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the bay area learned about the connecticut shooting on facebook. >> it is just wrong. like... they're not adults yet. they're killing little kids. >> leo was waiting to pick up his granddaughter. >> do you think kids should have to wory about going to school? >> naturally. everybody has to worry. it's terrible. >> new haven district psychologist spent most of her day talking with teachers and staff about how to spot signs of disstay with us stres in kids, how to respond when they come back next week, informed. >> let them know every once in a while this does happen. it rarely happens and that there are adults there that they can go to when they're feeling afrayed. >> in oakland, the district sent home a letter to parents about how to reassure kids that school is still a safe place. >> part of that is giving them the information without drama tiesing. and at the same time, as you
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present the information impress upon them they they have many people looking out for them. >> in union city, the district had a first active shooter drill set for next march. now, it's timely. direct officials are also aware the image nairy scenario could be traumatizing to students given what happened in connecticut. >> how do you have an active shooter drill and not alarm students? >> exactly. right. and with younger children, it's a -- it's a fire drill like earthquake drill like maneuver. where you reassuring the children z you're moving children around. and adults need to know what is going on. you're right. children, little ones don't need to know what is going on. >> and again, that is coming up near union city n a few months in the meantime, oakland sent out a letter, other districts throughout the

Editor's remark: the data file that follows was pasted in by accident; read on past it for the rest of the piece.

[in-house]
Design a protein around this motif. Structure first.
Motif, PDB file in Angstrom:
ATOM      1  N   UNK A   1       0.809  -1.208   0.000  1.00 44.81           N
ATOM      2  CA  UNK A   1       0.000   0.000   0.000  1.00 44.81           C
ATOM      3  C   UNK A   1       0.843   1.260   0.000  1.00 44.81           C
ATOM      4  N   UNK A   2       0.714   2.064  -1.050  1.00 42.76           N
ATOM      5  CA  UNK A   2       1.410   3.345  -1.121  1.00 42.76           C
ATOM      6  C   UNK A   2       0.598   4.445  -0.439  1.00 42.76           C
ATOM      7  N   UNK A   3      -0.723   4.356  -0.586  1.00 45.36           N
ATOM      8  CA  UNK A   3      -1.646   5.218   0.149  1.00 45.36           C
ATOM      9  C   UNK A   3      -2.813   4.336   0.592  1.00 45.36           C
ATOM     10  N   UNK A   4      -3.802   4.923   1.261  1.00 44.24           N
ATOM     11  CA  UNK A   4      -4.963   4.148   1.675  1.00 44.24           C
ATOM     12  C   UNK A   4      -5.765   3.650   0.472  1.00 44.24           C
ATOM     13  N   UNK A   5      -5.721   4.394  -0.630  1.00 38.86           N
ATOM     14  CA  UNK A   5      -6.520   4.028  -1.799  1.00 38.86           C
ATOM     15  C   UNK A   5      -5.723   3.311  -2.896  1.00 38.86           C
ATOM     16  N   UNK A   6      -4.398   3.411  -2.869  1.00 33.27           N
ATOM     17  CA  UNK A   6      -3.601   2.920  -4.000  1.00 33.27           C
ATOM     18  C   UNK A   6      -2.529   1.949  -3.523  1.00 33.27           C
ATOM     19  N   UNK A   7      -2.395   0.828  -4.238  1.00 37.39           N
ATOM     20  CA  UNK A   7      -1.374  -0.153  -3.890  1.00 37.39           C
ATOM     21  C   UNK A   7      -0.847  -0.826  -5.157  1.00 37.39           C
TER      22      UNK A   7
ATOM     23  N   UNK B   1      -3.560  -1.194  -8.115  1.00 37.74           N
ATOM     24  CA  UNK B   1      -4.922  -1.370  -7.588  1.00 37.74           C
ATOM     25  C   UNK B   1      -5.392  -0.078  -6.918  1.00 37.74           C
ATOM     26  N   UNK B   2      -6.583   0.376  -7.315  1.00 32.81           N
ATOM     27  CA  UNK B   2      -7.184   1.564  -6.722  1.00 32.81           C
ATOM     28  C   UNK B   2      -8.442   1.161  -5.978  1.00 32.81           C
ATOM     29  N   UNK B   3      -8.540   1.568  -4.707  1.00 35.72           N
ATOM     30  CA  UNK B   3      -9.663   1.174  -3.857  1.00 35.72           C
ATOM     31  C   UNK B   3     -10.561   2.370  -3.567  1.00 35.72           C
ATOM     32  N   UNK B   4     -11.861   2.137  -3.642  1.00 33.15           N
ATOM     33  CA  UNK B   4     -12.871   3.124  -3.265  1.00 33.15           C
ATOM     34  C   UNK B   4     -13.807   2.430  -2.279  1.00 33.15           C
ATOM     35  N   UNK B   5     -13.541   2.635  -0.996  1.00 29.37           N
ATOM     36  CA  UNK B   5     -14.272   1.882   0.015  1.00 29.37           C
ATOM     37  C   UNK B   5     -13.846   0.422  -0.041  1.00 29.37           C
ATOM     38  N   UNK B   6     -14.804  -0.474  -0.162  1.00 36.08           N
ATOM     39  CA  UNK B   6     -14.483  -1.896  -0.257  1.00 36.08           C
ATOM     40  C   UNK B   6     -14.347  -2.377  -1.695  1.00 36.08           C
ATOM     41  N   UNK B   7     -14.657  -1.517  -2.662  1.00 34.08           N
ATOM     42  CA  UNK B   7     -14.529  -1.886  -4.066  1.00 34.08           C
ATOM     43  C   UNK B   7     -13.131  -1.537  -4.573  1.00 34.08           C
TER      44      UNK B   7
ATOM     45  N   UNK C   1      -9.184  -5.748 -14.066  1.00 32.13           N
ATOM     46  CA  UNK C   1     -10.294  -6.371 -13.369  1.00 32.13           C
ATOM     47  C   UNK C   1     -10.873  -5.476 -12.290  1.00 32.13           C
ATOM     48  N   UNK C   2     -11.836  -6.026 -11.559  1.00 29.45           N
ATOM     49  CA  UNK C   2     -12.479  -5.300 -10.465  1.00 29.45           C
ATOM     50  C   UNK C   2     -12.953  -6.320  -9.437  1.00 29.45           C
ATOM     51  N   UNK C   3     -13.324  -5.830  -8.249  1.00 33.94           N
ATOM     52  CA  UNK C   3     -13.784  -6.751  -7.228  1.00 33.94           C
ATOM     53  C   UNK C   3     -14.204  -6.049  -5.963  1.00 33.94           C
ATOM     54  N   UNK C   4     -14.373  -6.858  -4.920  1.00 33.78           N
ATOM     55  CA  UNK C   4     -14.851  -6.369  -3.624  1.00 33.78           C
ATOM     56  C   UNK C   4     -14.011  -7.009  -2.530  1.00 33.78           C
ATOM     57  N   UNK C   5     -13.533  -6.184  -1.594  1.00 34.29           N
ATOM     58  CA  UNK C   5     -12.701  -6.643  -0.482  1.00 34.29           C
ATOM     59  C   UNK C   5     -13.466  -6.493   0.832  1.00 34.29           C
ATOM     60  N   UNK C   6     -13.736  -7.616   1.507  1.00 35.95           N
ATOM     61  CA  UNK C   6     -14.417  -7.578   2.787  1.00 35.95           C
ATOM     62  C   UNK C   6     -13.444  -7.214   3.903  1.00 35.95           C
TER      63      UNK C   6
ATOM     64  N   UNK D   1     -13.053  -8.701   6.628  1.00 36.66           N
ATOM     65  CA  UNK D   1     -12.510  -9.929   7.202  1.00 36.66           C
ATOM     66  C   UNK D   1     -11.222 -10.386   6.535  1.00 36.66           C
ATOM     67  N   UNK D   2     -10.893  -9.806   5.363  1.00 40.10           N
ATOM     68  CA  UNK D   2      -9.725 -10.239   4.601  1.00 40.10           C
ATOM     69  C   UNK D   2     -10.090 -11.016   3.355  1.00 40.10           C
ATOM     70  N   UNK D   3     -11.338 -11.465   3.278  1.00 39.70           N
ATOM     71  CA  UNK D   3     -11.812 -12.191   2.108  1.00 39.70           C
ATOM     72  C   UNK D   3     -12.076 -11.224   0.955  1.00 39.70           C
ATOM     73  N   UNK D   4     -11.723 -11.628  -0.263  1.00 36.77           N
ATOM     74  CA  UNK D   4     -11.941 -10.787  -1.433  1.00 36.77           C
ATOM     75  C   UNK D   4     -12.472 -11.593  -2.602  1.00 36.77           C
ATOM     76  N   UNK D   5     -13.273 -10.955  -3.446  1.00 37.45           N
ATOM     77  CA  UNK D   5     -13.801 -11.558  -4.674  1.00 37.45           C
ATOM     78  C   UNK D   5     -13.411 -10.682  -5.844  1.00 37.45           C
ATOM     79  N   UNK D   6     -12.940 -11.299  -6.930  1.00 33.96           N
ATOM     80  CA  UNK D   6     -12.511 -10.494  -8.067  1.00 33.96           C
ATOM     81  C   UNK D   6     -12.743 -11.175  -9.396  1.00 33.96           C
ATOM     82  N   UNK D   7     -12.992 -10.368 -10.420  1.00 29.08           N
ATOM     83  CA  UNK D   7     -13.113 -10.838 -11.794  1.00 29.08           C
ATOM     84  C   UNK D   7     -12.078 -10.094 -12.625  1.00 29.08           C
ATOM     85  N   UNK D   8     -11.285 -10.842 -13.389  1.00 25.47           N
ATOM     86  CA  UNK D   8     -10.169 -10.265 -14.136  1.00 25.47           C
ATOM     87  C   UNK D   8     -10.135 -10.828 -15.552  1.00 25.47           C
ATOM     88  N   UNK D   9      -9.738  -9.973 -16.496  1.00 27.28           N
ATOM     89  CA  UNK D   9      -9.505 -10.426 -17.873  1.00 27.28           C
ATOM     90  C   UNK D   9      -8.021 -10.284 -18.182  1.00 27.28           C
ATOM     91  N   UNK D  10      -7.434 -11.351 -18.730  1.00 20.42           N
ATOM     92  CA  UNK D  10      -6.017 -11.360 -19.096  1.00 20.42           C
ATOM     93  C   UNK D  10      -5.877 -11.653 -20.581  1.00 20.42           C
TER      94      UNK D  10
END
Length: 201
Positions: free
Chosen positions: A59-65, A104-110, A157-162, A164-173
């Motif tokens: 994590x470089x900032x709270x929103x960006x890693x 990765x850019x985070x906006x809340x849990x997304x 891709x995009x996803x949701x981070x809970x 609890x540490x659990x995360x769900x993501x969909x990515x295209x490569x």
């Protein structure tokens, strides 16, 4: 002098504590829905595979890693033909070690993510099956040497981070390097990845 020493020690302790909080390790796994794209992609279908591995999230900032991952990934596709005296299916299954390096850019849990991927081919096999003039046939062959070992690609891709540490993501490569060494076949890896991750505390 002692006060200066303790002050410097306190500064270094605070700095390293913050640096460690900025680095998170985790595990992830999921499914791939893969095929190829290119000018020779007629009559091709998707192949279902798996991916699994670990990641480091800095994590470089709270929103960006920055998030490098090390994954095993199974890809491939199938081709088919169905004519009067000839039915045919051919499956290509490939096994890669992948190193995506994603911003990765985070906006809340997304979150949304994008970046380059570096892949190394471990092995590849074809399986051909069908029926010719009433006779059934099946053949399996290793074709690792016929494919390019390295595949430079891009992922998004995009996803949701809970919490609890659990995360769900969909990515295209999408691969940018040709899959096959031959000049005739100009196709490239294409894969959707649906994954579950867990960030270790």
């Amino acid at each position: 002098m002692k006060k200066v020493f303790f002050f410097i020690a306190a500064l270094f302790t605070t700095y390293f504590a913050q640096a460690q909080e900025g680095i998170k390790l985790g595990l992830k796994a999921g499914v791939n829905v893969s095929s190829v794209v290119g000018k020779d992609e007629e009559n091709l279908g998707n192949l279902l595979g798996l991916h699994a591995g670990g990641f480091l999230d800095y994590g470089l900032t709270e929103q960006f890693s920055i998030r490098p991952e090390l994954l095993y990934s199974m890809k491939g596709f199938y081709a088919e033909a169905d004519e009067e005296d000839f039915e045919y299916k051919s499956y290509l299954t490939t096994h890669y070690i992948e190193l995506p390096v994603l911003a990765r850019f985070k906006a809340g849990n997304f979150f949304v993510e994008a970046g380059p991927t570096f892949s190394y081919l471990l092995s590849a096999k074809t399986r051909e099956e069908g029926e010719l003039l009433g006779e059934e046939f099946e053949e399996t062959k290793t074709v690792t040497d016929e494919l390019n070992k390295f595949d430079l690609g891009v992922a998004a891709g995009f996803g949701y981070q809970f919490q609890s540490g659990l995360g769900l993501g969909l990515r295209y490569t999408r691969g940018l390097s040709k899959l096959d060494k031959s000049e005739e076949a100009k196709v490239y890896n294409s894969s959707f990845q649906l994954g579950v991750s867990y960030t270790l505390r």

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bay area sent either letters home with students today, or sent e mails home to parents about how to talk to their kids and hear in -- here in union city on monday, there will be more counselors available to kids because administrator knows that if they didn't know about it today, many more students will know about exactly what happened on monday. in unionin city, abc 7 news. >> let's explore this question of talking to kids a little more. this mass shooting is emotional for parents. and you're probably wondering how do you talk to your children? the dean of the school ofóy[! education and counseling psychology tells us that you first need to confront your own feelings whether those include fear, anger or anxiety. then, speak to your child calmly and here is the key. listen. the tame to do that is now before they see it somewhere else. >> i will talk today, i don't think it's worth waiting until
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the end of the weekend or a right moment. the moment is now. the kids are experiencing thcht they have to understand what does this mean? when a school has this kind of tragedy? >> good advice and he says you should reassure kids that they are safe in school before they go back to class on monday because they will be very worried about their safety. >> absolutely. developments continue to unfold, you can receive urgent updates down loading free abc 7 news snart phone app. >> we're updating the school tragedy as well. follow us on abc 7 news bay area. >> that is right. and still to come, you can express your condwronlss. we want to let you know about that to those touched by the school tragedy. we invite to you share your thoughts. >> you can also post this badge to+l9ny your face book wa, showing support for everyone struggling tonight with unbelievable sorry.